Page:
Over the weekend, I finally got the picture of myself and Mr. Keller off of Dan's phone. It wasn't the best of photos of myself, but then again I was not planning ahead, so the phone photo is the best I can do. He was really nice and even listened to me extol the virtues of his pie crust recipe. It saved me from my recent run of awful pie crusts and turned the act of making pies back into a joyous one. The food at Fleur de Lys was also so wonderful. It inspired me to get back to trying my bread baking, especially after eating the very tasty fig and pistachio bread that they were serving. I set to reading my copy of Peter Reinhart's Artisan Bread Every Day on Saturday. Bread making started right away.
First thing on Saturday night, I started my bread dough. I also resisted my usual urge to skip ahead and make something complicated. I instead did the responsible thing and started with the first recipe. It was for lean bread, and it was really quite easy to whip up. All I had to do was mix all the ingredients in the mixer for two minutes, then it was time to let it sit for a while. Next, instead of kneading the bread, I performed Reinhart's stretch and fold technique. It was really easy and involved stretching and folding the dough four times, flipping it over, and letting it rest again for ten minutes before repeating the process again a total of four times. At the end of this, it all went into the refrigerator for an over night ferment. When it was two hours ahead of baking, I found this glorious dough waiting for me.
The next step was to divide the dough. This recipe makes two large loaves or four to six small loaves. I opted for the six small loaves because, let's face it, fresh baked bread is the best and most tastiest bread! Plus with there being only two of us eating it at a time, small loaves mean less day old bread. The other wondrous thing about this recipe is that it can be frozen or held in the refrigerator for up to four days. This means that one could start their bread over the weekend and have fresh loaves for that week and the next in the freezer and refrigerator. Your baking day involves only the shaping, resting, and then baking of the bread itself! Brilliant! I shaped one loaf, saved two in the refrigerator, and froze three.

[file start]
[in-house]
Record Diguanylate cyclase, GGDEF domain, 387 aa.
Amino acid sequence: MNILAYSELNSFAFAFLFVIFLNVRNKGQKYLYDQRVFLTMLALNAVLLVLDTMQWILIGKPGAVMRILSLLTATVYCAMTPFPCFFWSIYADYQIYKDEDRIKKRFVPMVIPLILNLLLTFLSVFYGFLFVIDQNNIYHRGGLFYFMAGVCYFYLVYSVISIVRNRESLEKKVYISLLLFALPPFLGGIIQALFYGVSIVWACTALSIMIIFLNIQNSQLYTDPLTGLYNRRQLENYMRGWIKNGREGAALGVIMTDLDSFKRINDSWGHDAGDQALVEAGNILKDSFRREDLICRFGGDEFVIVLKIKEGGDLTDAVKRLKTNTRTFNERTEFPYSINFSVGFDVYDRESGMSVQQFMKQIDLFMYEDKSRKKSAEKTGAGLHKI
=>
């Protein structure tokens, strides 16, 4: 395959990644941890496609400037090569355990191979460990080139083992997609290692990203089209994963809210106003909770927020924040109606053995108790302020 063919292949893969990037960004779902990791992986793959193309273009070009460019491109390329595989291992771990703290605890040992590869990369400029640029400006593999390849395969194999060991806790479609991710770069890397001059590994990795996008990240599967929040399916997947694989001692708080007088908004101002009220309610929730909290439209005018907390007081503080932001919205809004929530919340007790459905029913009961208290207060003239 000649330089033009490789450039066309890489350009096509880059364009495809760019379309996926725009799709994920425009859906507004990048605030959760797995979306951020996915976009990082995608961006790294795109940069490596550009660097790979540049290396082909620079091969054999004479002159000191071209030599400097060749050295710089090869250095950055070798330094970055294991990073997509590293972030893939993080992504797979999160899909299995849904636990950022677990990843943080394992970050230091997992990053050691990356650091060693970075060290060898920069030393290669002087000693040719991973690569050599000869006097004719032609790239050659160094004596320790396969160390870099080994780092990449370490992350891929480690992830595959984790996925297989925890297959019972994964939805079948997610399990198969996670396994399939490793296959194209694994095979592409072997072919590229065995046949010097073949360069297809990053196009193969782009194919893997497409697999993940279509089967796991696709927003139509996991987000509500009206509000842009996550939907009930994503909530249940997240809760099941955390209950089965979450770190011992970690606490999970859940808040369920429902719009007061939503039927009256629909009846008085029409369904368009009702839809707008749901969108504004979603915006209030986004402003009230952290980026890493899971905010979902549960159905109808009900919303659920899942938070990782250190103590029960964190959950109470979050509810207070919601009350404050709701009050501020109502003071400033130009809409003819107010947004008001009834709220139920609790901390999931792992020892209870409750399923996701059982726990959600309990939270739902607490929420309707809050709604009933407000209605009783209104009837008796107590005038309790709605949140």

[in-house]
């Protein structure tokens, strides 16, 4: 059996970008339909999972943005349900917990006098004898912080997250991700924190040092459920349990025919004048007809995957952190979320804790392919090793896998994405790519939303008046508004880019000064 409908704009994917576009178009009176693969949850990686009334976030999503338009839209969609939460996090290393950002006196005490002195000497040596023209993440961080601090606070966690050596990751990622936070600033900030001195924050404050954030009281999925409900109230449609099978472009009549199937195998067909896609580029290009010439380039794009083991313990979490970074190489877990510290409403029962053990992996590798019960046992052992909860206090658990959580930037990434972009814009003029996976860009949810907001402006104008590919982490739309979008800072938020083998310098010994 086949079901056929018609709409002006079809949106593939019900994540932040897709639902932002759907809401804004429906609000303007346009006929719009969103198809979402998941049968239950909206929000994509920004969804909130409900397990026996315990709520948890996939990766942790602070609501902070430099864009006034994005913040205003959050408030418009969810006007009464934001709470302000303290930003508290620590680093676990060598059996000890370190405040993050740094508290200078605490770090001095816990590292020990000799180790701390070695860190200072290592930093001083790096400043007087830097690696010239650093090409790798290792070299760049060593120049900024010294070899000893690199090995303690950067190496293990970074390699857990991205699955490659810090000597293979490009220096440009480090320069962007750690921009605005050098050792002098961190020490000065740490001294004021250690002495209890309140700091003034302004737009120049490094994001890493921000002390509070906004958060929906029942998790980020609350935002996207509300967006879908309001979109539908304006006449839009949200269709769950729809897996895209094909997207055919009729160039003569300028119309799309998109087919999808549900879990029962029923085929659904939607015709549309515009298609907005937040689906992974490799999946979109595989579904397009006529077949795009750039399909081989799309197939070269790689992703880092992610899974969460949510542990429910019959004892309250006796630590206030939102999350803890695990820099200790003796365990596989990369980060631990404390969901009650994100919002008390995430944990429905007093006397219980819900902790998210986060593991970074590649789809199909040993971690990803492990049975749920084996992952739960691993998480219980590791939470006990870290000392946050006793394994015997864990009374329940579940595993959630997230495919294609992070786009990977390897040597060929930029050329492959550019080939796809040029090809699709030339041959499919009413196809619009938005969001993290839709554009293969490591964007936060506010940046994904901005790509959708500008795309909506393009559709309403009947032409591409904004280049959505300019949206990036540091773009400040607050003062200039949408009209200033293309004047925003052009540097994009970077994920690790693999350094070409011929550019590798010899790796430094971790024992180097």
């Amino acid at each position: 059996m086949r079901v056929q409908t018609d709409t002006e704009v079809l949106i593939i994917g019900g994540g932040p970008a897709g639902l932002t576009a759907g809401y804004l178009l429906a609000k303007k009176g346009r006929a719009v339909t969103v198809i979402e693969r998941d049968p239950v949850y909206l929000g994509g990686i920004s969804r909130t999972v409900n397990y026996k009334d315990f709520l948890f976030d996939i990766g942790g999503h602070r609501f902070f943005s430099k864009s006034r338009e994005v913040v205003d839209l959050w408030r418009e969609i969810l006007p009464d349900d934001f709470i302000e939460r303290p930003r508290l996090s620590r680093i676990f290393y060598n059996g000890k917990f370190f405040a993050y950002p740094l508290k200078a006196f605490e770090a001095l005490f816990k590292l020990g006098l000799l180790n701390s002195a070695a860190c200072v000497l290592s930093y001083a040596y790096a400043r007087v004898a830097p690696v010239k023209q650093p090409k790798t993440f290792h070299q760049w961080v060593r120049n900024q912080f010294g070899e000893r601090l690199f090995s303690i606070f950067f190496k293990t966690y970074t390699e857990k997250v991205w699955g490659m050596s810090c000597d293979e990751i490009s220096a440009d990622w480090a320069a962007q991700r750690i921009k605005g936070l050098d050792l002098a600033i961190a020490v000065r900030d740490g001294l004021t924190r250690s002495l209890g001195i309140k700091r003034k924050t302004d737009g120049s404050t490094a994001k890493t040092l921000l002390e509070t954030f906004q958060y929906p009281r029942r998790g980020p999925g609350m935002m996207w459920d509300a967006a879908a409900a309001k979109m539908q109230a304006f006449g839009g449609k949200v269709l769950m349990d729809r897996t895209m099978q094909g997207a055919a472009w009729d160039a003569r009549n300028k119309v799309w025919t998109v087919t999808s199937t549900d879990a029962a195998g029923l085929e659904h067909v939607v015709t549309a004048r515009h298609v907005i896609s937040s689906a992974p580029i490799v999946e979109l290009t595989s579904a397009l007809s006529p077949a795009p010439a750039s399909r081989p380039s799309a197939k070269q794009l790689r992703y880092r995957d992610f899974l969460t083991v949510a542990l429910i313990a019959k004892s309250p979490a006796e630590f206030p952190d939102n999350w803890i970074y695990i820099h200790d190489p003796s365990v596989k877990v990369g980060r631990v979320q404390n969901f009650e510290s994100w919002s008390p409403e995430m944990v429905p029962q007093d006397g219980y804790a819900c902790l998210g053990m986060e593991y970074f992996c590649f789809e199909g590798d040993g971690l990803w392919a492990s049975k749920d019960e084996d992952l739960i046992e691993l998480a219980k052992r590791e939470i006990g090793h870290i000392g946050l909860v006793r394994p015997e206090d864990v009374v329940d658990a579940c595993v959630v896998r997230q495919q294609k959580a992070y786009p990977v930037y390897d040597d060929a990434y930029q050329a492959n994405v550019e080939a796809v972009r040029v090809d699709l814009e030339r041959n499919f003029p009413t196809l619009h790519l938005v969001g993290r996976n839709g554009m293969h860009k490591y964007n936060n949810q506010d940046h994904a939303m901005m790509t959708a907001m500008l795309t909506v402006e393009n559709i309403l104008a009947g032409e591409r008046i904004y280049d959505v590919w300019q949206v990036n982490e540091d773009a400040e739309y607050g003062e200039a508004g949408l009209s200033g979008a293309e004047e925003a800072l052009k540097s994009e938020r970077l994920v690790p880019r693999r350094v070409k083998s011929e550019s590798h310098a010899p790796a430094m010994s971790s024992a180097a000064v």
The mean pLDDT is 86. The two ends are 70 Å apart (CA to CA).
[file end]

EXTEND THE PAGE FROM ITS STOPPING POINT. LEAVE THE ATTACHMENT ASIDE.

In the end, this is the loaf that came out of the oven. I think it was a bit too brown, but it was the best bread I have ever made. It was also the least time consuming and least work I have ever done for a fresh baked bread. It makes me think that I will be casting off the plastic bread bags forever. Later in the book, Reinhart covers rolls and sandwich breads, and if they are all this easy, I will be making my own bread from here on out. This also opens up the possibility for true Chicago style hot dogs because I will be able to supply us with the poppy seed buns.
We served the bread with a broiled salmon. We marinaded the salmon in some olive oil and fresh squeezed lemon juice, salt and pepper, and then broiled it quickly. Both mangoes and avocados were on sale this week, so we made a fresh mango salsa with red onion, cilantro, jalapeno, and red pepper to go with the fish as well as fresh guacamole. While it broke my usual one grain per meal rule due to the chips and bread, it was a great tasting meal. I truly enjoyed every bite.
A quick gardening note before I head off for a walk outside. When I was watering the plants on Sunday, I found the first pea pod forming. I thought I would share a picture. It looks like I will have several more soon. I am so excited to think about some of my own fresh peas off of the balcony. There were also some new seedlings popping up in the soil as well. Some very small green scarlet onions have shown up as well as cilantro and thyme. More of the red sails lettuce and some more beets have also joined the ranks. It is exciting to see something you plant appear from the dirt. I will keep my eyes peeled for more little shoots and hope to see more soon.